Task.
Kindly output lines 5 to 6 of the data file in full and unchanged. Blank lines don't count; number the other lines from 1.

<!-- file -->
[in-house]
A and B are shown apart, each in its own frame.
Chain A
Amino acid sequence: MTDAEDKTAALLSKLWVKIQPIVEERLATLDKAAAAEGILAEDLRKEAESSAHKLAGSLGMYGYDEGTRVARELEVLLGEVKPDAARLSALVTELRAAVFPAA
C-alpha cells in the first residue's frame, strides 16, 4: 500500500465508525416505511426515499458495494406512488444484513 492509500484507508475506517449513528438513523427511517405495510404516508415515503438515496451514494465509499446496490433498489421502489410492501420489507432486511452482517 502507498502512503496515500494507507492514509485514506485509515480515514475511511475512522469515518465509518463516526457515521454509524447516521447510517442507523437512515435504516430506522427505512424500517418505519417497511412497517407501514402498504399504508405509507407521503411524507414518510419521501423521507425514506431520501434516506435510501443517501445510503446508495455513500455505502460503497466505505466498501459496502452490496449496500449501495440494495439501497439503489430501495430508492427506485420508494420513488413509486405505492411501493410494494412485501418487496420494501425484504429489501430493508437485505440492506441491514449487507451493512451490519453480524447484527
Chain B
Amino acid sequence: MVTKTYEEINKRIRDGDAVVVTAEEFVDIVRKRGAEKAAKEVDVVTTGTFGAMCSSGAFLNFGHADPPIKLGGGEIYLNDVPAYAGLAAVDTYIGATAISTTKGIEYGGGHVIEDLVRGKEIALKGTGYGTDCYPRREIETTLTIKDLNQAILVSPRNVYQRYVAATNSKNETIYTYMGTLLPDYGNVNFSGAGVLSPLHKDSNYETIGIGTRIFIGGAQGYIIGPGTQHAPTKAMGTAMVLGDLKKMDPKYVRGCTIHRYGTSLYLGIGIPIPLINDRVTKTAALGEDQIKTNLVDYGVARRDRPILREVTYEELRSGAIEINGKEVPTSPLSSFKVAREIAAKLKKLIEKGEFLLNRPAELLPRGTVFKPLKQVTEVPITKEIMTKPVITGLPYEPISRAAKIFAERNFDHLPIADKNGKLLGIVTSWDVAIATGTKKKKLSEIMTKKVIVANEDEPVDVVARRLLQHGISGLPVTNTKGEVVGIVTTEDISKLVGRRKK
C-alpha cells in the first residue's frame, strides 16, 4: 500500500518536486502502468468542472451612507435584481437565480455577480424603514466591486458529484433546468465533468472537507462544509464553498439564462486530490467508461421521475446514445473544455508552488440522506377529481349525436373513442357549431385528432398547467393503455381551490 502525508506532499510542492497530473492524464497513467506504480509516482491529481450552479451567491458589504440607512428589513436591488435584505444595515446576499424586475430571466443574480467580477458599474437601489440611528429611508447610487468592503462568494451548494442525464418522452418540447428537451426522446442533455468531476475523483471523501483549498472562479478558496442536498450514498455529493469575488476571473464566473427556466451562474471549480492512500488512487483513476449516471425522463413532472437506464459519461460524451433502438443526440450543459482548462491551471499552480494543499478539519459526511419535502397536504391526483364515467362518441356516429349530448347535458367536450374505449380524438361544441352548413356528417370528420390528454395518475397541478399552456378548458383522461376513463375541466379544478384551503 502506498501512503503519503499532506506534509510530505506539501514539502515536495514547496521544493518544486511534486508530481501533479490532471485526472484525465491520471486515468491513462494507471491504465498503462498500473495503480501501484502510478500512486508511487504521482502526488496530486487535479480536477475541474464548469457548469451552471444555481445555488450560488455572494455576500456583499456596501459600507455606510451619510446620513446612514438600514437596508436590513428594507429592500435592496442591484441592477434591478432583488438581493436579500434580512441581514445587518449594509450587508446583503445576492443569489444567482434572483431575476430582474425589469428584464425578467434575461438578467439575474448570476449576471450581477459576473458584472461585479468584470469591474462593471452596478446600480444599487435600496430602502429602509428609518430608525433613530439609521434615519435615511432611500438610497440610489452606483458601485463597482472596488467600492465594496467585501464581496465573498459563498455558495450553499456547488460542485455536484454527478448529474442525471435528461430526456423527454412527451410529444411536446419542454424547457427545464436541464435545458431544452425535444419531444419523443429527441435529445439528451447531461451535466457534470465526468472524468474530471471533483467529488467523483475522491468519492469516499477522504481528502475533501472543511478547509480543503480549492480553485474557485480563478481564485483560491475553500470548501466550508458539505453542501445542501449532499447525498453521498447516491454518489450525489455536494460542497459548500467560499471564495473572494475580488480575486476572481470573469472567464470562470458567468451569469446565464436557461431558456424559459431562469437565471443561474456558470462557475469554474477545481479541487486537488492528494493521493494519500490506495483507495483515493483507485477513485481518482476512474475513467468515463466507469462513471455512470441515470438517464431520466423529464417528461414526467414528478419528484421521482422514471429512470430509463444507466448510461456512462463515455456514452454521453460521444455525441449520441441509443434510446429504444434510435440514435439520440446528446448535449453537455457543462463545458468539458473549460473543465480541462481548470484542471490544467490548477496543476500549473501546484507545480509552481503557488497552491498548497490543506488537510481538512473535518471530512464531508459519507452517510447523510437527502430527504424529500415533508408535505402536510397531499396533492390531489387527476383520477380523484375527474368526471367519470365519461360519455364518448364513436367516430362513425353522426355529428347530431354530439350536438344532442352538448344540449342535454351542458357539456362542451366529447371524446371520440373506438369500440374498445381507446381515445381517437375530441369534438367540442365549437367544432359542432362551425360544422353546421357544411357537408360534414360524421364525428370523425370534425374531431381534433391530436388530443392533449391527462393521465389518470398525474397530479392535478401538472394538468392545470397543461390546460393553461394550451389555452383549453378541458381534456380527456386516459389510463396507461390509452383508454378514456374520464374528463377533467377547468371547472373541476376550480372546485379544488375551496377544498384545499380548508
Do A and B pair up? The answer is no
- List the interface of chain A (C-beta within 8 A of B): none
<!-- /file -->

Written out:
C-alpha cells in the first residue's frame, strides 16, 4: 500500500465508525416505511426515499458495494406512488444484513 492509500484507508475506517449513528438513523427511517405495510404516508415515503438515496451514494465509499446496490433498489421502489410492501420489507432486511452482517 502507498502512503496515500494507507492514509485514506485509515480515514475511511475512522469515518465509518463516526457515521454509524447516521447510517442507523437512515435504516430506522427505512424500517418505519417497511412497517407501514402498504399504508405509507407521503411524507414518510419521501423521507425514506431520501434516506435510501443517501445510503446508495455513500455505502460503497466505505466498501459496502452490496449496500449501495440494495439501497439503489430501495430508492427506485420508494420513488413509486405505492411501493410494494412485501418487496420494501425484504429489501430493508437485505440492506441491514449487507451493512451490519453480524447484527
Chain B